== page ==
Rhett Drugge, M.D.

Acne, most common in teenagers, can also occur in adults and in the first few weeks of life (transplacental hormone influences) and occasionally starts at age 8 or 9. The development of the sebaceous glands and the thickening of childhood skin at this time reflects nature's attempts to provide protection from the elements that primitive man encountered. At ages 12-14, boys and girls were expected to make their own way and catch their own food so nature provided them with the hormone of aggression, testosterone. In general, estrogens decrease sebaceous gland activity and androgens increase it. In women, androgens are produced by the ovaries (markedly so in polycystic ovary disease), the placenta and adrenals, and in men by the testes and adrenals. While males experience a peak in testosterone at age 18, female testosterone peaks at 31. Birth control pills by their estrogenic effects have a mild effect on acne. It is occasionally noticed that some of the more androgenic preparations may aggravate acne and even produce mild hirsutism. A certain amount of trial and error for each individual is therefore necessary to pick out the best contraceptive.

Oily seborrhea and acne often go hand in hand, and there is often a family tendency. The varieties of acne are: comedone acne, papular acne, acne excoriee des jeunes filles, acne pustulosa, atrophic acne, indurated acne, cystic acne, acne cachecticorum, acne conglobata (tunnelling), acne keloidalis, tropical acne, acne neonatorum and chloracne (occupational).

Systemic Treatment

Tetracycline, which operates by reducing the amount of lipase in the sebaceous secretion or bay altering the skin flora, some of which might be instrumental in producing irritant triglycerides, wax esters and free fatty acids in the pore, can be extremely effective. Often after initial success, control wears off gradually. This can be especially true if poor patient compliance leads to sporadic dosing. It is good practice to start off with three or four doses daily and gradually reduce to twice or once a day, depending on the progress. It takes 4-6 weeks to assess the effectiveness, and if little improvement occurs, the patient may be switched to minocycline, erythromycin or clindamycin. The latter carries the risk of pseudomembranous colitis (somewhere between 1:10,000 and 1:100,000 or more). Clostridium difficile resistant to clindamycin causes the diarrhea; vancomycin may prevent this strain from surviving. If severe diarrhea occurs, the patient should be hospitalized and can be successfully treated. Patients and their families must therefore be warned. Second generation cephalosporins appear to have good activity against acne as well.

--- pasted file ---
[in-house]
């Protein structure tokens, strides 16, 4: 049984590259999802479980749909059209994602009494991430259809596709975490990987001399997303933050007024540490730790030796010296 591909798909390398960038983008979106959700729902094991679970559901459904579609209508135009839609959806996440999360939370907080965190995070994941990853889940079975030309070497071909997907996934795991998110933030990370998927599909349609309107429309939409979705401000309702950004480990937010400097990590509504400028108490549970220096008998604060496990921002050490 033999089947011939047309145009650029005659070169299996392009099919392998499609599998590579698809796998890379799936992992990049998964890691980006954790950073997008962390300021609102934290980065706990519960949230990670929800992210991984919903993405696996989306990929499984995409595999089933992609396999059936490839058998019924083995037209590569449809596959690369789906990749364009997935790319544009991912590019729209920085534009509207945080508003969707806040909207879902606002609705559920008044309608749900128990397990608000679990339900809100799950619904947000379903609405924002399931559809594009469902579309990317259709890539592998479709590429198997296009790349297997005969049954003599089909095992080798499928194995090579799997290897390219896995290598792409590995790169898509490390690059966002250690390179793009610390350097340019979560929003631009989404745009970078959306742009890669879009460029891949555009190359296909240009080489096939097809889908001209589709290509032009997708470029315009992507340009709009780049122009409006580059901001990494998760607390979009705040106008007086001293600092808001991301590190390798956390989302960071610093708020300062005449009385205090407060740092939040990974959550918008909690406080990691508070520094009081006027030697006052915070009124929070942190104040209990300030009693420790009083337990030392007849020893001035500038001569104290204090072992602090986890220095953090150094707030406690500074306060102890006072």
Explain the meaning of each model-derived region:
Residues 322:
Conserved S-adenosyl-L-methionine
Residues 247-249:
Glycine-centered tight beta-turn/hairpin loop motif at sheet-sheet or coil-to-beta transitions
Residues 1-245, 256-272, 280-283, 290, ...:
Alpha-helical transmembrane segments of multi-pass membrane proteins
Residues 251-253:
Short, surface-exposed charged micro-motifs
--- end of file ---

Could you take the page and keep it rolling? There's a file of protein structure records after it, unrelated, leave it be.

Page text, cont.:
Severe or resistant acne appears to respond dramatically to cis-retinoic acid (tretinoin). The usual course of therapy is 4-6 months at a dosage of 1 to 1.5 mg/kg/day. This approach clears the vast majority of acne patients for a substantial time although re-treatment after two months hiatus is necessary in a handful of cases. Careful guard must be taken against pregnancy in fertile women as the teratogenicity of the medication while being used leads to profound abnormalities in many cases. Hepatoxicity is possible as a consequence of overdosage. Pseudotumor cerebri (papilledema, diplopia and headache) needs to be guarded against.

Treatment of Acne Scars

Dermabrasion and sandpapering help cure icepick scars, although less of this is being done today with the increased use of cis-retinoic acid. Carbon dioxide slush treatment is almost always helpful. Cross-hatching scarification occasionally is helpful, and chemical peeling with either 25% trichloracetic acid or phenol is effective in skilled hands. Punch and suture, or drill and Gelfoam for small deep pits occasionally are helpful. Laser resurfacing with CO2 lasers and Erbium Yag lasers are some of the more modern therapuetics for scar revision.

Acne Rosacea

Rosacea is a term used to describe a chronic condition characterized by diffuse inflammation of the central portion of the face with seborrhea, telangiectasia and acneiform eruptions. It appears to be the result of repeated flushing, which in most instances is related to frequent intake of hot spicy foods, e.g., hot coffee, tea, soup or alcohol. Anything too hot, too cold, too sweet, too sour or too spicy aggravates the condition.

Complications epidermal cysts include bony erosion affecting underlying structures (ref. case).

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